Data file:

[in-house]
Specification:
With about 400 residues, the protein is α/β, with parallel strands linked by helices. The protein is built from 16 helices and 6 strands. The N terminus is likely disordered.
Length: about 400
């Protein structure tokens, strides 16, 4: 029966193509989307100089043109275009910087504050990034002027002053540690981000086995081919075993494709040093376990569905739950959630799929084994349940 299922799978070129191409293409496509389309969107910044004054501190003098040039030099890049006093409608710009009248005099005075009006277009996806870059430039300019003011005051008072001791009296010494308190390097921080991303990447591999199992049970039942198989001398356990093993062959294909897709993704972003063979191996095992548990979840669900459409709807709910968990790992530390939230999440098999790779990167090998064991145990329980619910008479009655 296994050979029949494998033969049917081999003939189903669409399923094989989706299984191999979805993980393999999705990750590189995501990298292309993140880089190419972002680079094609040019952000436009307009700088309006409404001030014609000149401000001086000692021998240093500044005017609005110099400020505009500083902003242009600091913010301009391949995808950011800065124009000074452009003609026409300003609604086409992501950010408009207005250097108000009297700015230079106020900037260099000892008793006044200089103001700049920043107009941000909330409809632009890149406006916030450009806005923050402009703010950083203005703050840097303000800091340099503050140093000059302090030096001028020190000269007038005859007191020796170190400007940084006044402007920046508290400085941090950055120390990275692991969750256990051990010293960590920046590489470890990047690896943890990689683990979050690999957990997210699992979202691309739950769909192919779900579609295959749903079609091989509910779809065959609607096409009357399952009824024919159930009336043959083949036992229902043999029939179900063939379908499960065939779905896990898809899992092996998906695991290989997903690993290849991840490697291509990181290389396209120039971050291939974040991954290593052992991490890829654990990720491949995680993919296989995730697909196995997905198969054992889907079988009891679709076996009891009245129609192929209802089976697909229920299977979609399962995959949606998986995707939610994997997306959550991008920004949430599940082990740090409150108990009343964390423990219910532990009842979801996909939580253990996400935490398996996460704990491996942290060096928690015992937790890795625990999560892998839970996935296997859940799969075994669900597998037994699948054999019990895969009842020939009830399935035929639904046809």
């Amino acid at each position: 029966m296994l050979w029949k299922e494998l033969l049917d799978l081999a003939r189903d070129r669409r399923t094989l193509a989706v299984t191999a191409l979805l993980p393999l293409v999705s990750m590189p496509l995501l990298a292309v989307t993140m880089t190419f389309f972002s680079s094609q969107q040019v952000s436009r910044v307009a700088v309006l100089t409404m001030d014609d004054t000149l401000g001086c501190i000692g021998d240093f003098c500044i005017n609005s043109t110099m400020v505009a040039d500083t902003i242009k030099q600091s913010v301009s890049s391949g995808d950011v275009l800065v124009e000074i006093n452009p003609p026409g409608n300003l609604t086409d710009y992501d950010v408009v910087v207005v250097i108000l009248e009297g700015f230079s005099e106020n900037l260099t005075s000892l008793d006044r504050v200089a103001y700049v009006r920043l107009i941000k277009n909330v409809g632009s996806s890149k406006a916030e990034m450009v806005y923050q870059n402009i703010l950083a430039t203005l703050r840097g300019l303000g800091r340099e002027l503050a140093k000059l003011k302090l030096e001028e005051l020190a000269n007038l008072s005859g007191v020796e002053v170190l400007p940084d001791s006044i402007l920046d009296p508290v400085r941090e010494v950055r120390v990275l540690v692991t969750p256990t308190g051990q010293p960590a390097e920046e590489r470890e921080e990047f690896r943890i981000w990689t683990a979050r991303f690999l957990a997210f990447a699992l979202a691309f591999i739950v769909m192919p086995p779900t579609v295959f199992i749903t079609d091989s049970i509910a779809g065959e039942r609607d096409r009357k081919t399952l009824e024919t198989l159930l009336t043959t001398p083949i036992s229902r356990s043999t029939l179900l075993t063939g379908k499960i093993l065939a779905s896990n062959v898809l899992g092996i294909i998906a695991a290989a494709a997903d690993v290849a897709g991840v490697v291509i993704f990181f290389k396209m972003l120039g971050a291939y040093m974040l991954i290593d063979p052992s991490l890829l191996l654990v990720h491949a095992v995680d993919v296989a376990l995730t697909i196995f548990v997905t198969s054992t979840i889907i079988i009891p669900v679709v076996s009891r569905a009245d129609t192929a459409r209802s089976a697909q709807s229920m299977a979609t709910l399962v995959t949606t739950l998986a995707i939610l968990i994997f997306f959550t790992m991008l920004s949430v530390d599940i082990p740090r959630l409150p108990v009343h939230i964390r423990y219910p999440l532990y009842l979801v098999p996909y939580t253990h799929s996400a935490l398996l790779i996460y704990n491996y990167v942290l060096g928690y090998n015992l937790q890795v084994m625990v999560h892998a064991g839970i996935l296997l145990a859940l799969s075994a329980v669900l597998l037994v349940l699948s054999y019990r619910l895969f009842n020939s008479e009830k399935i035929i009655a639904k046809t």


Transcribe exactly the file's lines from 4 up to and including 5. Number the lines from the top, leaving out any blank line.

Length: about 400
């Protein structure tokens, strides 16, 4: 029966193509989307100089043109275009910087504050990034002027002053540690981000086995081919075993494709040093376990569905739950959630799929084994349940 299922799978070129191409293409496509389309969107910044004054501190003098040039030099890049006093409608710009009248005099005075009006277009996806870059430039300019003011005051008072001791009296010494308190390097921080991303990447591999199992049970039942198989001398356990093993062959294909897709993704972003063979191996095992548990979840669900459409709807709910968990790992530390939230999440098999790779990167090998064991145990329980619910008479009655 296994050979029949494998033969049917081999003939189903669409399923094989989706299984191999979805993980393999999705990750590189995501990298292309993140880089190419972002680079094609040019952000436009307009700088309006409404001030014609000149401000001086000692021998240093500044005017609005110099400020505009500083902003242009600091913010301009391949995808950011800065124009000074452009003609026409300003609604086409992501950010408009207005250097108000009297700015230079106020900037260099000892008793006044200089103001700049920043107009941000909330409809632009890149406006916030450009806005923050402009703010950083203005703050840097303000800091340099503050140093000059302090030096001028020190000269007038005859007191020796170190400007940084006044402007920046508290400085941090950055120390990275692991969750256990051990010293960590920046590489470890990047690896943890990689683990979050690999957990997210699992979202691309739950769909192919779900579609295959749903079609091989509910779809065959609607096409009357399952009824024919159930009336043959083949036992229902043999029939179900063939379908499960065939779905896990898809899992092996998906695991290989997903690993290849991840490697291509990181290389396209120039971050291939974040991954290593052992991490890829654990990720491949995680993919296989995730697909196995997905198969054992889907079988009891679709076996009891009245129609192929209802089976697909229920299977979609399962995959949606998986995707939610994997997306959550991008920004949430599940082990740090409150108990009343964390423990219910532990009842979801996909939580253990996400935490398996996460704990491996942290060096928690015992937790890795625990999560892998839970996935296997859940799969075994669900597998037994699948054999019990895969009842020939009830399935035929639904046809």